For those who do try to call and are forced to join the queue for Centrelink support, there does seem to be an onus on the caller to keep calling, after they are timed out with a somewhat annoying message to ‘go online’.

As Jeremy reported last week, of Retirement Essentials members, only 44% are applying for their Age Pension benefits on time (i.e. when they are eligible). This means that 56% are missing out on income, as no benefits are back paid if you failed to apply. That’s on you and can be an expensive exercise, with many people forgoing tens of thousands of dollars in missed benefits.

So the questions remains, is Centrelink worth the $5.6 billion that it costs taxpayers to fund it? As we posed last week, would a Universal Age Pension actually be more cost effective? 

What Steve says

For those in the here and now who are suffering from delays in claim times and frustrating phone experiences, I asked Retirement Essentials’ Head of the Customer Services Team, Steven Sadler, whether there were ways to improve the experience.

‘Applications for the Age Pension and the Commonwealth Seniors Health Card

are sometimes complex, so it is understandable that there may be phone delays and processing backlogs. We cannot fast track or solve every issue that confronts members of Retirement Essentials in their dealings with Centrelink. We, too, often wait on hold when we are working on behalf of our clients. That said, we have become experts at asking the right questions and understanding exactly what Centrelink needs to know to cut through. For this reason we have many happy members who have had their applications or concerns resolved. That’s a huge part of the satisfaction in the work we do.’

How we help

Here are some of the specific ways that Retirement Essentials can support you in your dealings with Centrelink for an Age Pension application, a change of pension status and to apply for a Commonwealth Seniors Health Card (CSHC).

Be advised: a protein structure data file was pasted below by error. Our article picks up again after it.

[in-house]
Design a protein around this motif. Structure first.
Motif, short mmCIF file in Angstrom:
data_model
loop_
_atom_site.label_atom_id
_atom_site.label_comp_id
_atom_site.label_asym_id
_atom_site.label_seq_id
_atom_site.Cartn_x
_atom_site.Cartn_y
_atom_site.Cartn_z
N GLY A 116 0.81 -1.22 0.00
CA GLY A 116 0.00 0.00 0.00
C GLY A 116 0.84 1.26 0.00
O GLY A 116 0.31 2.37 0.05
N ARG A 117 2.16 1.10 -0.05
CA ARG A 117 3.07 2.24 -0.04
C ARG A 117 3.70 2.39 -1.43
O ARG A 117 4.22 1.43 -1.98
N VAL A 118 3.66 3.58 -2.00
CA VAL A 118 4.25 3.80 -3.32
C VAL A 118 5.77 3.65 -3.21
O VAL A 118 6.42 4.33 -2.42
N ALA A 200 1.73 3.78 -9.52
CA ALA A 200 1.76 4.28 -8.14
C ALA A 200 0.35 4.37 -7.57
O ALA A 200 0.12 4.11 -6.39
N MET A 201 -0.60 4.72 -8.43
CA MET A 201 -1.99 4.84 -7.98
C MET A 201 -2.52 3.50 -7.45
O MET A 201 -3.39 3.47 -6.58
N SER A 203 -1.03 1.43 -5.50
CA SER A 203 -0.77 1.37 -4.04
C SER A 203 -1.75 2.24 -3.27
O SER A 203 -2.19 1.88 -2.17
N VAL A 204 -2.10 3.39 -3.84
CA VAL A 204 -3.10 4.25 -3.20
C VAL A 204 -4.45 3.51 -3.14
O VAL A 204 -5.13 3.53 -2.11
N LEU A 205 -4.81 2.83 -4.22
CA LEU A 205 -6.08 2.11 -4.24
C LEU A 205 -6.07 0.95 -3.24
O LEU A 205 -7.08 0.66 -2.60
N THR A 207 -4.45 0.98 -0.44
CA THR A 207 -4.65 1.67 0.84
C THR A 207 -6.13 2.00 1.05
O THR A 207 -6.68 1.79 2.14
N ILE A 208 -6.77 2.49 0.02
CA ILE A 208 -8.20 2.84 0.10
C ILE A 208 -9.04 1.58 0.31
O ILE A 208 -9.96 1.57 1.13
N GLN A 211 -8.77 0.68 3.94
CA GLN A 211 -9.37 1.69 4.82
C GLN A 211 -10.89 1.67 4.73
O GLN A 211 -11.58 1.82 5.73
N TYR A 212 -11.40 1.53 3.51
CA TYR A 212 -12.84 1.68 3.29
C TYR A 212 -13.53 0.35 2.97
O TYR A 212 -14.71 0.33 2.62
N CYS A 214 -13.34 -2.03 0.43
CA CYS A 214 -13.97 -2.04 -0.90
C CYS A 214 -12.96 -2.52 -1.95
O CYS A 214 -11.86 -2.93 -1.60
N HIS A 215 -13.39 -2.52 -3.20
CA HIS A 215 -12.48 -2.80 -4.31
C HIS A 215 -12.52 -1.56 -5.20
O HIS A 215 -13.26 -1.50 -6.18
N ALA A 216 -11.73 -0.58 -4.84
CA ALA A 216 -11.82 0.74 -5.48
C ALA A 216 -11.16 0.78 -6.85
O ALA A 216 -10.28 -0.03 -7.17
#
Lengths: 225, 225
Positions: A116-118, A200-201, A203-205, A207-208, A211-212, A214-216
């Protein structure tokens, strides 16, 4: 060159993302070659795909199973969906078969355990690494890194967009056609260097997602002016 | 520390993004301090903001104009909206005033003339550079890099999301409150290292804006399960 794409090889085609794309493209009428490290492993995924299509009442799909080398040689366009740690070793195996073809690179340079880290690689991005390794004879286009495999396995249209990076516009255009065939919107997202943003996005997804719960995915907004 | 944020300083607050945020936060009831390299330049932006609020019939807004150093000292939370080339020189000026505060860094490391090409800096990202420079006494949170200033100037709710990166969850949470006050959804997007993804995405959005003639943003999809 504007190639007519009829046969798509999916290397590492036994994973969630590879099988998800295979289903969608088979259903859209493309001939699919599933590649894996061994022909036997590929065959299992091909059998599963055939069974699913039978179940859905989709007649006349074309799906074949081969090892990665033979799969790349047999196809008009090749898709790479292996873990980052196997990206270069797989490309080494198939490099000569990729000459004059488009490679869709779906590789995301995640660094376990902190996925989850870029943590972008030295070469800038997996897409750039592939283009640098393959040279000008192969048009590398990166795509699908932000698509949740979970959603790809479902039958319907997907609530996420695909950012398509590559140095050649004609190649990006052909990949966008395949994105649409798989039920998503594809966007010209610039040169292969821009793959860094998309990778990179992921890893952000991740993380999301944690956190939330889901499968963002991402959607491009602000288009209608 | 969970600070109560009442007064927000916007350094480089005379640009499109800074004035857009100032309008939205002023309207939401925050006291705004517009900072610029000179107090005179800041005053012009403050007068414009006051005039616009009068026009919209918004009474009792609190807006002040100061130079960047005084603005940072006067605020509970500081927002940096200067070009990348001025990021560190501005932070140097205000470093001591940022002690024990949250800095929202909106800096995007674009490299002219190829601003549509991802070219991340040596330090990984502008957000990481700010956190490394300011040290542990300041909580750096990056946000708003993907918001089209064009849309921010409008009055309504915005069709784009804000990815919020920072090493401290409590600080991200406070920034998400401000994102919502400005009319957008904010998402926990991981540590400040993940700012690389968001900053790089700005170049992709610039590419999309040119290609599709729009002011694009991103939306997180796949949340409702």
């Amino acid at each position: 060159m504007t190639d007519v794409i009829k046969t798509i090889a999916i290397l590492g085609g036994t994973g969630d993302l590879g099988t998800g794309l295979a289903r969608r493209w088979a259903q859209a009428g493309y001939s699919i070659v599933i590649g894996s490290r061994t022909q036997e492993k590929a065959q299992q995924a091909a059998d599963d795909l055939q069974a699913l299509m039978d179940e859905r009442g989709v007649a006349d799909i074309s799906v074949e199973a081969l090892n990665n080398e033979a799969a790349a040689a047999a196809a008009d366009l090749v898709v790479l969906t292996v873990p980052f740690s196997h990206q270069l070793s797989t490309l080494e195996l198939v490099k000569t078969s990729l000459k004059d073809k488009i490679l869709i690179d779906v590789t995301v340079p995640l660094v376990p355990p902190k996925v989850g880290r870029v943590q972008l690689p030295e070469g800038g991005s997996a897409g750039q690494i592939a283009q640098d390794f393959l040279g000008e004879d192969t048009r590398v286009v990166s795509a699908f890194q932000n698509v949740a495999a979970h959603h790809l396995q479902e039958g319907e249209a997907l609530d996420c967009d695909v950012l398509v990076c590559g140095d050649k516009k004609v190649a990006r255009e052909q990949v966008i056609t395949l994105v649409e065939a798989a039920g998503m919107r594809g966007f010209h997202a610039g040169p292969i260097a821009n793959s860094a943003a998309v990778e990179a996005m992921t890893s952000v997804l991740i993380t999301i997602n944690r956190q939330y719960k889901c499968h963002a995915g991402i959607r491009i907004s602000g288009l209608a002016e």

Do you or will you qualify?

First things first means a visit to the free Age Pension Entitlements Calculator to work out if you might qualify and if so, how to get started.

As they enter retirement about 35% of Australians will not qualify for an Age Pension as they will fail either the income or assets part of the means test (or both). However most of these so-called ‘self-funded retirees’ will still qualify for a CSHC. When you check entitlements on the Age Pension Eligibility Calculator mentioned above, you will automatically learn if you are eligible for this valuable concession card.

Want to maximise your entitlements?

Maybe you already receive an Age Pension but have a sneaking suspicion you could be entitled to more if you just knew the rules about super and Centrelink a little better. Things like younger spouse strategies, exempt assets and gifting. That’s where the adviser-led Maximise your entitlements consultation works really well.

What’s your point of view?

Do you think our social services department is doing a good job?
Or do you think the wait times for claims and phone calls is not up to scratch?